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Michigan’s AG files suit to stop election recount called for by Jill Stein

LANSING, Mich. — Supporters of Republican Donald Trump filed a federal lawsuit trying to halt Wisconsin’s ongoing presidential recount, and Michigan’s attorney general on Friday sued to stop a recount from happening in his state.

The Wisconsin lawsuit and motion for a temporary restraining order was filed late Thursday in U.S. District Court in Madison by the Great America PAC, the Stop Hillary PAC and a Wisconsin voter, Ronald R. Johnson. The legal filings contend that the recount is unconstitutional because it doesn’t satisfy equal protection requirements under the law and may not get done by the Dec. 13 federal deadline to certify the vote, putting Wisconsin’s electoral votes in jeopardy.

No court hearings had been scheduled as of Friday morning. The Wisconsin Department of Justice was reviewing the lawsuit, said Johnny Koremenos, spokesman for Attorney General Brad Schimel.

Green Party candidate Jill Stein, who requested both recounts and a third in Pennsylvania, has suggested that Trump and his backers would try to delay the recounts to make them hard or impossible to complete by the deadline for states to certify their election results or have their electoral votes be decided by Congress, which is controlled by Republicans. A spokeswoman for Stein’s campaign didn’t immediately respond to a message seeking comment Friday.

With workers in Wisconsin busy re-counting votes for a second day, Michigan’s state elections board was meeting about the Trump campaign’s request to deny Stein’s recount request. The board deadlocked, with both Republican members voting to prevent the recount and both Democrats voting to allow it, meaning it will begin Tuesday or Wednesday unless the courts intervene.

In his request to the Michigan Supreme Court to block the hand recount, Attorney General Bill Schuette, like the Trump campaign, argued that Stein cannot seek the “frivolous” recount because she was not “aggrieved” to the point at which a potential miscounting of votes could have cost her the election. She garnered 1 percent of the vote in Michigan.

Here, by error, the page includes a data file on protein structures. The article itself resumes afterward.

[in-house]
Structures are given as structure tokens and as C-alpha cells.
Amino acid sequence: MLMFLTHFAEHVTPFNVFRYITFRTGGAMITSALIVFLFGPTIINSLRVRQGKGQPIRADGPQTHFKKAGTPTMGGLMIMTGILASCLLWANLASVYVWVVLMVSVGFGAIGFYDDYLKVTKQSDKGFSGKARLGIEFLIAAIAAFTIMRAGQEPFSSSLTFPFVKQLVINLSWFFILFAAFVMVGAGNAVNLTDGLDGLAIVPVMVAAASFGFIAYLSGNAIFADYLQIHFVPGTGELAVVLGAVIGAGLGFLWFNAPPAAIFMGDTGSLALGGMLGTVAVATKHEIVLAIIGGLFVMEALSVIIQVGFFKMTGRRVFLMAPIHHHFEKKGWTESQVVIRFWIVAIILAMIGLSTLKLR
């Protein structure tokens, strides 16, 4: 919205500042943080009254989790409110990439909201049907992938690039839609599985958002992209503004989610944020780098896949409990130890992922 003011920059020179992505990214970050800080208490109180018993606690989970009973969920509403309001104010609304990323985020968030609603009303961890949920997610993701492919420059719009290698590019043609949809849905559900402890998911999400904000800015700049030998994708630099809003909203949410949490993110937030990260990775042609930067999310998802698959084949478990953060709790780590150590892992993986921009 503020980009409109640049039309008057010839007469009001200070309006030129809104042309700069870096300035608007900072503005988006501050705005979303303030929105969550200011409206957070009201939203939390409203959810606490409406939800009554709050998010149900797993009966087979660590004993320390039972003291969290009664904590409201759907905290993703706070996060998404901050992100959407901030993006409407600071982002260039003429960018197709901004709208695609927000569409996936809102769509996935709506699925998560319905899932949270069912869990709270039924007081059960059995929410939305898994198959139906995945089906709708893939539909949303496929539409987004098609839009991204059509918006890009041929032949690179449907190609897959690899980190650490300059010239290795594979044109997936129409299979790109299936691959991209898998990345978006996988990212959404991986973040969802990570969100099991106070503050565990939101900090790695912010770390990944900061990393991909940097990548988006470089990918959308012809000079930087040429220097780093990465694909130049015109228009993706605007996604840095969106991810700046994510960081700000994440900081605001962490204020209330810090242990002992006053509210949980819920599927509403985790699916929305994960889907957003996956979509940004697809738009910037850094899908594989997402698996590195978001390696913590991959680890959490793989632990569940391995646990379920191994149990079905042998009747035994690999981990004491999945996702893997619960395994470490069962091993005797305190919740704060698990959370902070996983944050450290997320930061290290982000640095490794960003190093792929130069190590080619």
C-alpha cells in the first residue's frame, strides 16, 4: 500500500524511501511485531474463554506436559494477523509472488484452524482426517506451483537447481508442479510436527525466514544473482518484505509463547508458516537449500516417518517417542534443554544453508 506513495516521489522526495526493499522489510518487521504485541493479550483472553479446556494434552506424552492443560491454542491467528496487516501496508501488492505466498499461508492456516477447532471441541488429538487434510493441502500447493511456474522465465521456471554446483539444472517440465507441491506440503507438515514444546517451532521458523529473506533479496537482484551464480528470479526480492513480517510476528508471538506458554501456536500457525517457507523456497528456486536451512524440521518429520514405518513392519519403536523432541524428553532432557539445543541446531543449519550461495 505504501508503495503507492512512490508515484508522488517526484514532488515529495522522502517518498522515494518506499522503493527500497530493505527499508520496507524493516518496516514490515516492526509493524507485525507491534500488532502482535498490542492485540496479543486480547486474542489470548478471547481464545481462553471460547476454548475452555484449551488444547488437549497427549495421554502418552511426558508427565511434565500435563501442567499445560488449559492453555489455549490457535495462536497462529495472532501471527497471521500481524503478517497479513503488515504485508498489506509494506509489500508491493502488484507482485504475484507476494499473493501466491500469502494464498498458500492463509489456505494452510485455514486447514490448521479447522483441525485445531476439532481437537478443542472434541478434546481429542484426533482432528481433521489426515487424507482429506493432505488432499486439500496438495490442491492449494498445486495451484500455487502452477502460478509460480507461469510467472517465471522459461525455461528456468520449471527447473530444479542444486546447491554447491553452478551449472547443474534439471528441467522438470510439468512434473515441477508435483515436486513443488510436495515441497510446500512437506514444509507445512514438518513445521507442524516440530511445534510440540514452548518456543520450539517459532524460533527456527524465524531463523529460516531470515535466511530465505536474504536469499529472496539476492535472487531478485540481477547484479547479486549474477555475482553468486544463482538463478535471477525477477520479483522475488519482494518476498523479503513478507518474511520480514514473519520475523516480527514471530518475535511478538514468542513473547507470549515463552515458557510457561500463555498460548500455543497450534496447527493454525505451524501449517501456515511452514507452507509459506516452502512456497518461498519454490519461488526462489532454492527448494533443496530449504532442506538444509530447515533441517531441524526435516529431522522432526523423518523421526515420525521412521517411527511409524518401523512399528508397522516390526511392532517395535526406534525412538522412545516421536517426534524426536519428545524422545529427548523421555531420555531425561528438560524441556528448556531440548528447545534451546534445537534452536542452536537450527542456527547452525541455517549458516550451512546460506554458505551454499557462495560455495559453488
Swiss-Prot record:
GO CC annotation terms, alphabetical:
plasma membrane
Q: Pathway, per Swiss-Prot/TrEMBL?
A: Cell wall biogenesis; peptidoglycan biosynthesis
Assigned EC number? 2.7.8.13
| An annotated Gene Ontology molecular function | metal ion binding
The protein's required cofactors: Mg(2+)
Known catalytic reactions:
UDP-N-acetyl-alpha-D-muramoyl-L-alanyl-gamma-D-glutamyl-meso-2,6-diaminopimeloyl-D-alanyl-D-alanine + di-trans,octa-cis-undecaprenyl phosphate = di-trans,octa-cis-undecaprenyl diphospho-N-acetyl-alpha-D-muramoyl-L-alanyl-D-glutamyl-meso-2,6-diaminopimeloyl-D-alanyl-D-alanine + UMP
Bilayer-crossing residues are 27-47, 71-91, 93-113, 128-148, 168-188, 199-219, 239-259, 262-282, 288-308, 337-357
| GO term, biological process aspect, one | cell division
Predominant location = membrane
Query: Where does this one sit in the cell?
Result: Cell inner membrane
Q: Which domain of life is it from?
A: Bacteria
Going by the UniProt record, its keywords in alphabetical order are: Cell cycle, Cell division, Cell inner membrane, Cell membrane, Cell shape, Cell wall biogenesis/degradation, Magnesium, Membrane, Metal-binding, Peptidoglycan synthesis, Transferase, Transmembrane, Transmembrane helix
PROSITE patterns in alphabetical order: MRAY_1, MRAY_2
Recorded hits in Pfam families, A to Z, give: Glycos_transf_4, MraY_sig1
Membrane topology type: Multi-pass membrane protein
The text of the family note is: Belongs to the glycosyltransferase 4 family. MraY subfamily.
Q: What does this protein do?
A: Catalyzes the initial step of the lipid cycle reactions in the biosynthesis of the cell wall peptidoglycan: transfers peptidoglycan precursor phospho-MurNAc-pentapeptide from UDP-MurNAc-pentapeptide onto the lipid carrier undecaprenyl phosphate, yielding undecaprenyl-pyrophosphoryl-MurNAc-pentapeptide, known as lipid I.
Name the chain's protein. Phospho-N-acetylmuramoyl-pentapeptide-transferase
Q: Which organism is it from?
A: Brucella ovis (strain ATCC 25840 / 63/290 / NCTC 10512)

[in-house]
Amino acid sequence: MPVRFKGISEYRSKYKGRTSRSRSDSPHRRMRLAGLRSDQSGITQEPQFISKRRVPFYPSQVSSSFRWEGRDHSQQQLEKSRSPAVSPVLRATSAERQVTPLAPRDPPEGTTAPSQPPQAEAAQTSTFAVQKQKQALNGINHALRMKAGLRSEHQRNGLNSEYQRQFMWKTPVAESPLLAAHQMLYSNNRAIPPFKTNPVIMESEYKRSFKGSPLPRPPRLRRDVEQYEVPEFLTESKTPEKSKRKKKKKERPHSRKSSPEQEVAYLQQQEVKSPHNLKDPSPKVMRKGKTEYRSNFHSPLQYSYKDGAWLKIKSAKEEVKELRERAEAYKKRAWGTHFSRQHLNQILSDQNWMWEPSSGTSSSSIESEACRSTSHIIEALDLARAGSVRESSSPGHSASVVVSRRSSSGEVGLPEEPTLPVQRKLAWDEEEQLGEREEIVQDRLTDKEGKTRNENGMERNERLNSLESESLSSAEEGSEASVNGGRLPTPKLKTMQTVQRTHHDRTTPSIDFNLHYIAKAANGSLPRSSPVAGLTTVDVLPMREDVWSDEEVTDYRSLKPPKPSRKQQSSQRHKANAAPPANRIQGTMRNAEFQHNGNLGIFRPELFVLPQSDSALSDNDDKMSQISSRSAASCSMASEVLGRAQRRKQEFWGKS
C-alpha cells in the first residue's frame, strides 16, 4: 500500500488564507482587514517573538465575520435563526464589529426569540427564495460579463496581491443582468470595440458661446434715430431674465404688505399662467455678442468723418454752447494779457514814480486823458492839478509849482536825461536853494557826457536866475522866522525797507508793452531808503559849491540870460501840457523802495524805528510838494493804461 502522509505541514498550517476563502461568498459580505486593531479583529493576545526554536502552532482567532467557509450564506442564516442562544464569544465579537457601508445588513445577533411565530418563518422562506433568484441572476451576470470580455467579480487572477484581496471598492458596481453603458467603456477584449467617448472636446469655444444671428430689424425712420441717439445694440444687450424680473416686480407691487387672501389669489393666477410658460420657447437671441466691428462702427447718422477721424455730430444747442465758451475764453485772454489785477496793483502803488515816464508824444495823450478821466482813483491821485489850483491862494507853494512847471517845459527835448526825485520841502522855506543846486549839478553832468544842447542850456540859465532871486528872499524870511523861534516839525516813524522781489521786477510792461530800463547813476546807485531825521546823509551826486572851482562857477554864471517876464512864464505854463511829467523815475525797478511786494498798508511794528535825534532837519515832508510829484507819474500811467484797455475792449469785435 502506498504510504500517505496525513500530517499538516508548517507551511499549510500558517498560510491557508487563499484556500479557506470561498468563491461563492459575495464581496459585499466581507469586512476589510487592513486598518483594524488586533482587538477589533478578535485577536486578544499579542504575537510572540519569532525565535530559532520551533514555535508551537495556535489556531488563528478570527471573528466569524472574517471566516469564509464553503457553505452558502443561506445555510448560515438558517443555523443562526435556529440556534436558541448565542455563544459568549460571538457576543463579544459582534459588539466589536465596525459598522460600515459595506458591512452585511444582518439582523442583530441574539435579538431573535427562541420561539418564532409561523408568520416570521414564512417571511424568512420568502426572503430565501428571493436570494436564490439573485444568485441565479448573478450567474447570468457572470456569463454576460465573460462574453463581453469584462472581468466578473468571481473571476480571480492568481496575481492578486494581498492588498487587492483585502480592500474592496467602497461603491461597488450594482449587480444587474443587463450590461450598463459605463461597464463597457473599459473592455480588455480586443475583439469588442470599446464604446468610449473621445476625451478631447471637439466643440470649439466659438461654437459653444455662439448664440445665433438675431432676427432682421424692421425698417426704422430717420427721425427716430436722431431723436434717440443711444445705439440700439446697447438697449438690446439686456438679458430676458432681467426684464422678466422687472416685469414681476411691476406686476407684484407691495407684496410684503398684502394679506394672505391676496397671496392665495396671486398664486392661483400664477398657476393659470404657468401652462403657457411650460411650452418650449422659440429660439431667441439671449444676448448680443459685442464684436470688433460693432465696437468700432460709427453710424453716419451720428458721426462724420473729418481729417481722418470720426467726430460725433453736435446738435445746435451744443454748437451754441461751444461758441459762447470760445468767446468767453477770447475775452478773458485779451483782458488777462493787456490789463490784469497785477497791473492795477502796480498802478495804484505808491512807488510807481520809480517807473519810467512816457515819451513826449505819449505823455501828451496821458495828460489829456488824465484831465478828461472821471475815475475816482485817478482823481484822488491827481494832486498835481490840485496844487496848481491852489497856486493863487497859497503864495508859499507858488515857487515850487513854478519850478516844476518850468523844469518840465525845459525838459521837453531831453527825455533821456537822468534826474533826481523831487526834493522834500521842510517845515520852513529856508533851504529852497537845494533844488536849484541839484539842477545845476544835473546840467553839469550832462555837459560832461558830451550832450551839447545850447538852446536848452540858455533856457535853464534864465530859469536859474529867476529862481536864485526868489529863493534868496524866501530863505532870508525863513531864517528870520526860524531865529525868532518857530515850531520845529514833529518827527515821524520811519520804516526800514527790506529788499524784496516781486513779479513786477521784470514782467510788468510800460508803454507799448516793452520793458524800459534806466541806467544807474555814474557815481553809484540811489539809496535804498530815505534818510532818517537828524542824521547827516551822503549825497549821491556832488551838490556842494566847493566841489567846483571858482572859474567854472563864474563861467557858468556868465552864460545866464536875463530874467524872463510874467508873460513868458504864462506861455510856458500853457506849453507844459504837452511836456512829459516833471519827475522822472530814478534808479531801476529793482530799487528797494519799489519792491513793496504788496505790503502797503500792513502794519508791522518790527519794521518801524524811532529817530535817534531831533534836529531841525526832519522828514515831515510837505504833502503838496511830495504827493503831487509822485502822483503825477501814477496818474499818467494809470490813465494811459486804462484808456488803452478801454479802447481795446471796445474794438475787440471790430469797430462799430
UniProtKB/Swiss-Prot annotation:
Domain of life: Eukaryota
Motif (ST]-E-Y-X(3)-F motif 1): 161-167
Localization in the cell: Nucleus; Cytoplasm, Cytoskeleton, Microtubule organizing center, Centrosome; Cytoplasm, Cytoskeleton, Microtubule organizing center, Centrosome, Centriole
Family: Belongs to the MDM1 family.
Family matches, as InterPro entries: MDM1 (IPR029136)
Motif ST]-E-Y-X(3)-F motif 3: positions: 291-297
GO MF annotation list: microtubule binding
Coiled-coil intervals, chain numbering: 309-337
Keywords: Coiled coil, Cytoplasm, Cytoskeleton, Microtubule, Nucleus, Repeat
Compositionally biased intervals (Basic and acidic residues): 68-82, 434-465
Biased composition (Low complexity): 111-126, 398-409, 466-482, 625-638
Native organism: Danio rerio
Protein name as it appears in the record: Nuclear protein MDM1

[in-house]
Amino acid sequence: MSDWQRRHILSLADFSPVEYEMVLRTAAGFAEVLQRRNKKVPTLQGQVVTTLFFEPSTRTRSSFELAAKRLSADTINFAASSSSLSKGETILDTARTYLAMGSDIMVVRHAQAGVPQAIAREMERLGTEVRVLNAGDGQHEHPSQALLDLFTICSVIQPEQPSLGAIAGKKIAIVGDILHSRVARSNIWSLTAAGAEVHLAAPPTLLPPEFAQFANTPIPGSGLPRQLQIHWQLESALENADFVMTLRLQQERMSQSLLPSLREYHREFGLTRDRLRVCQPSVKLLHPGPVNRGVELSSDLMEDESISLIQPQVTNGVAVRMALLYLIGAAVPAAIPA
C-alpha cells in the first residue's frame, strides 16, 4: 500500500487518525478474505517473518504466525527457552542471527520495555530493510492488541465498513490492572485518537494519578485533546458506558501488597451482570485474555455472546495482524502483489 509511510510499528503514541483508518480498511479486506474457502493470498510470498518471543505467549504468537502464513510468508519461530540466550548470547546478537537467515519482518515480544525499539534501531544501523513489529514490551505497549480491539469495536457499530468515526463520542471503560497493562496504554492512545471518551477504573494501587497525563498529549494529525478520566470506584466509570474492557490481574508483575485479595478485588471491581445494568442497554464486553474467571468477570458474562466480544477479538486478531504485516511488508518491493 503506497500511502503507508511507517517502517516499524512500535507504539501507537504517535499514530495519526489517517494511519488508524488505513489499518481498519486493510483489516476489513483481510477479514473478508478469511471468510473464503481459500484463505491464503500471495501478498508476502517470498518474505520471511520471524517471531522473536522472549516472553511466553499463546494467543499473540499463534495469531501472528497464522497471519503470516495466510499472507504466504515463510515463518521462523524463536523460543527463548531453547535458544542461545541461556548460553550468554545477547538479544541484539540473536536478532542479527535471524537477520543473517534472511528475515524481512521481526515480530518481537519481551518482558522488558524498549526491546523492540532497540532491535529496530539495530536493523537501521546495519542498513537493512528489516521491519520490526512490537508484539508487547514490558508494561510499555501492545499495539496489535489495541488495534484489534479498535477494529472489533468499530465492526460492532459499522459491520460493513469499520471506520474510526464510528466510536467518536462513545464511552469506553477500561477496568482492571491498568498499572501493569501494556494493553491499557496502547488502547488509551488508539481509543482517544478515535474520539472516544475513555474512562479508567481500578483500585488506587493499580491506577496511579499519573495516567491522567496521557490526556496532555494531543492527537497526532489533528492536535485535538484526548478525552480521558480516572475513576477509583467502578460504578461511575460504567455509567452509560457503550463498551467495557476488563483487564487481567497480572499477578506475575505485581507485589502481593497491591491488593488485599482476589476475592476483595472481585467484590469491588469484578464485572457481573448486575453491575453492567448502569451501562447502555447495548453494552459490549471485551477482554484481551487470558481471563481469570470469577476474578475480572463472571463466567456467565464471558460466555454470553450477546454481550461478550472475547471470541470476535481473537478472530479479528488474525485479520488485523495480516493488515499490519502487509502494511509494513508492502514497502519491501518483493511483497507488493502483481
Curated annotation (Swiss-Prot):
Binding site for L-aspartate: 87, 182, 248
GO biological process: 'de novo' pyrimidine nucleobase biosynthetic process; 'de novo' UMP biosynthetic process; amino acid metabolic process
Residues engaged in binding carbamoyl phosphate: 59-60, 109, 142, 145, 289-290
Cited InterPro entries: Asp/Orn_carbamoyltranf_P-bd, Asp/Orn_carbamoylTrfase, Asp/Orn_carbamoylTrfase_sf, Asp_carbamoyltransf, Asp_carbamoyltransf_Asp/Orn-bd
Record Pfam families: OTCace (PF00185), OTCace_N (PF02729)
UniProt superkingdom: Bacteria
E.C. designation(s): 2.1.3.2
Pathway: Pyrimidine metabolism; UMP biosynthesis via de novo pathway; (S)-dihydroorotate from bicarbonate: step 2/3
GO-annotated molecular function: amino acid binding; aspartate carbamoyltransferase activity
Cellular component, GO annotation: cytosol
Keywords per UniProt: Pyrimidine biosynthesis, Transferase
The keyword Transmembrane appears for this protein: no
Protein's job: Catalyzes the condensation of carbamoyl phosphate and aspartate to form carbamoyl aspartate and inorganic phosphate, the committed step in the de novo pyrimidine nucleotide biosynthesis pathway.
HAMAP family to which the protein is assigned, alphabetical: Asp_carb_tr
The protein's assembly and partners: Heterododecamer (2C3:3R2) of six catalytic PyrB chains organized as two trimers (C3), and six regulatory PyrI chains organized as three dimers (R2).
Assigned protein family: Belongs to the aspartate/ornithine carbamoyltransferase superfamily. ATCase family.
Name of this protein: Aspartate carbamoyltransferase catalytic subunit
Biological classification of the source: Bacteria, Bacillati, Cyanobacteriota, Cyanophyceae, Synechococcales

In Pennsylvania, a hearing is scheduled for Monday on Stein’s push to secure a court-ordered statewide recount there. Republican lawyers filed a motion late Thursday accusing Stein of engaging in legal antics and saying her recount request endangers Pennsylvania’s ability to certify its electors by the federal deadline.

Trump won all three states by narrow margins over Democrat Hillary Clinton.

Stein has argued, without evidence, that irregularities in the votes in all three states suggest that there could have been tampering with the vote, perhaps through a well-coordinated, highly complex cyberattack.

Elections officials in the three states have expressed confidence in their results. Even if all three recounts happen, they aren’t expected to flip enough votes to change the outcomes in any of the states.

In the lawsuit seeking to halt the recount in Wisconsin, which started Thursday, the plaintiffs say there is a “realistic risk” that it may not be completed by the deadline and that the “chaotic rushing necessary” to meet the deadline “creates an imminent unreasonable risk of error that can lead to votes being erroneously counted, disregarded, or diluted.

Trump defeated Clinton in Wisconsin by about 22,000 votes, or less than 1 percentage point. His margin of victory in Michigan was even slimmer, at about 10,700 votes out of 4.8 million cast.

Echoing arguments made against the other state recounts, Trump campaign lawyers said Michigan’s would be impossible to finish by the deadline, putting Michigan voters at risk of being disenfranchised if the 16 electoral votes were not cast.

“You’re not aggrieved if you want on a lark to foist the taxpayers” with a $5 million bill and “the elections officials to go on a wild goose chase,” attorney Gary Gordon told the board.

Stein lawyer Mark Brewer said “95 percent of what you have heard is legally irrelevant” because Stein met all the legal requirements for a recount. Noting GOP criticism that Stein has made baseless allegations of fraud or errors with machines that scan paper ballots, Brewer said: “The original source of the claim that this election was rigged is Mr. Trump.”


Bauer reported from Madison, Wisconsin. Associated Press writer Marc Levy in Harrisburg, Pennsylvania, contributed to this report.

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